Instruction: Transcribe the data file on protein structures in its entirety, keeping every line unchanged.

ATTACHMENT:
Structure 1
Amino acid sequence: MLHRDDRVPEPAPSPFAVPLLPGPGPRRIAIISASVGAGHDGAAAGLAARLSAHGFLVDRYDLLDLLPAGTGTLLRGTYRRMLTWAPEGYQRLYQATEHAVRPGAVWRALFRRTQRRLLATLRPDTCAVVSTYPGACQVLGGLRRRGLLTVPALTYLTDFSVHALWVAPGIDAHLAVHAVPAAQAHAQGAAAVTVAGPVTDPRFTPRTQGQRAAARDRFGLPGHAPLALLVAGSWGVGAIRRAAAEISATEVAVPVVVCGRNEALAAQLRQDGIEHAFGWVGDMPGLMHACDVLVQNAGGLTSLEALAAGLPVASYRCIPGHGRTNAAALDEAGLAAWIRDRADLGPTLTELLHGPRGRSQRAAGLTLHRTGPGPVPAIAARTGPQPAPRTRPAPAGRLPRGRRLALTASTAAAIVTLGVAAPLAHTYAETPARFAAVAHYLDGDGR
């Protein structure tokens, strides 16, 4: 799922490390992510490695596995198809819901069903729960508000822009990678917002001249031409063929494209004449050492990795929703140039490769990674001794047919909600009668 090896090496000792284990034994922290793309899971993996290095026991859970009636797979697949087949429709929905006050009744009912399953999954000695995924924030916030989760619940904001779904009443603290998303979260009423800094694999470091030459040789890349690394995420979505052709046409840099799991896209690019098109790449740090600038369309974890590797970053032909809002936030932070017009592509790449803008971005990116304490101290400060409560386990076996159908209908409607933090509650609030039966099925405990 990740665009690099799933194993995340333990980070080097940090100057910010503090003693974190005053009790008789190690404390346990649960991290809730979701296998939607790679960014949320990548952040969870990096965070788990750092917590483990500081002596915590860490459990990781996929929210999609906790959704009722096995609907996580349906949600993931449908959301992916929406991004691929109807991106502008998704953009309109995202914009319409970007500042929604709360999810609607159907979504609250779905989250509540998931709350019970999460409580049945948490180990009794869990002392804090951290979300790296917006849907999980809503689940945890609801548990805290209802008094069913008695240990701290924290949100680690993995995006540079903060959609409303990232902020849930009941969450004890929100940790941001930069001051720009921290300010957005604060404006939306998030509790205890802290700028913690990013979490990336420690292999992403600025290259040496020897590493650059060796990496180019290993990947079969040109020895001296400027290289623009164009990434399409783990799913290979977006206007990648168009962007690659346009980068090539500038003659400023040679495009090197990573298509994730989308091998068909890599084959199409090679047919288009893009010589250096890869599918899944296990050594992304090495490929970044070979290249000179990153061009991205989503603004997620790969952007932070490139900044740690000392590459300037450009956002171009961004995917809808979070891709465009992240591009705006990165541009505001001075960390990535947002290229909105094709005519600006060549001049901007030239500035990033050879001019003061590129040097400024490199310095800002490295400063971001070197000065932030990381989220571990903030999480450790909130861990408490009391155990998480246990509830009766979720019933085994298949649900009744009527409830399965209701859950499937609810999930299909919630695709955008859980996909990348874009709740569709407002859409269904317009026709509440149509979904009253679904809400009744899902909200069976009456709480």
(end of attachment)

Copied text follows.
Structure 1
Amino acid sequence: MLHRDDRVPEPAPSPFAVPLLPGPGPRRIAIISASVGAGHDGAAAGLAARLSAHGFLVDRYDLLDLLPAGTGTLLRGTYRRMLTWAPEGYQRLYQATEHAVRPGAVWRALFRRTQRRLLATLRPDTCAVVSTYPGACQVLGGLRRRGLLTVPALTYLTDFSVHALWVAPGIDAHLAVHAVPAAQAHAQGAAAVTVAGPVTDPRFTPRTQGQRAAARDRFGLPGHAPLALLVAGSWGVGAIRRAAAEISATEVAVPVVVCGRNEALAAQLRQDGIEHAFGWVGDMPGLMHACDVLVQNAGGLTSLEALAAGLPVASYRCIPGHGRTNAAALDEAGLAAWIRDRADLGPTLTELLHGPRGRSQRAAGLTLHRTGPGPVPAIAARTGPQPAPRTRPAPAGRLPRGRRLALTASTAAAIVTLGVAAPLAHTYAETPARFAAVAHYLDGDGR
């Protein structure tokens, strides 16, 4: 799922490390992510490695596995198809819901069903729960508000822009990678917002001249031409063929494209004449050492990795929703140039490769990674001794047919909600009668 090896090496000792284990034994922290793309899971993996290095026991859970009636797979697949087949429709929905006050009744009912399953999954000695995924924030916030989760619940904001779904009443603290998303979260009423800094694999470091030459040789890349690394995420979505052709046409840099799991896209690019098109790449740090600038369309974890590797970053032909809002936030932070017009592509790449803008971005990116304490101290400060409560386990076996159908209908409607933090509650609030039966099925405990 990740665009690099799933194993995340333990980070080097940090100057910010503090003693974190005053009790008789190690404390346990649960991290809730979701296998939607790679960014949320990548952040969870990096965070788990750092917590483990500081002596915590860490459990990781996929929210999609906790959704009722096995609907996580349906949600993931449908959301992916929406991004691929109807991106502008998704953009309109995202914009319409970007500042929604709360999810609607159907979504609250779905989250509540998931709350019970999460409580049945948490180990009794869990002392804090951290979300790296917006849907999980809503689940945890609801548990805290209802008094069913008695240990701290924290949100680690993995995006540079903060959609409303990232902020849930009941969450004890929100940790941001930069001051720009921290300010957005604060404006939306998030509790205890802290700028913690990013979490990336420690292999992403600025290259040496020897590493650059060796990496180019290993990947079969040109020895001296400027290289623009164009990434399409783990799913290979977006206007990648168009962007690659346009980068090539500038003659400023040679495009090197990573298509994730989308091998068909890599084959199409090679047919288009893009010589250096890869599918899944296990050594992304090495490929970044070979290249000179990153061009991205989503603004997620790969952007932070490139900044740690000392590459300037450009956002171009961004995917809808979070891709465009992240591009705006990165541009505001001075960390990535947002290229909105094709005519600006060549001049901007030239500035990033050879001019003061590129040097400024490199310095800002490295400063971001070197000065932030990381989220571990903030999480450790909130861990408490009391155990998480246990509830009766979720019933085994298949649900009744009527409830399965209701859950499937609810999930299909919630695709955008859980996909990348874009709740569709407002859409269904317009026709509440149509979904009253679904809400009744899902909200069976009456709480």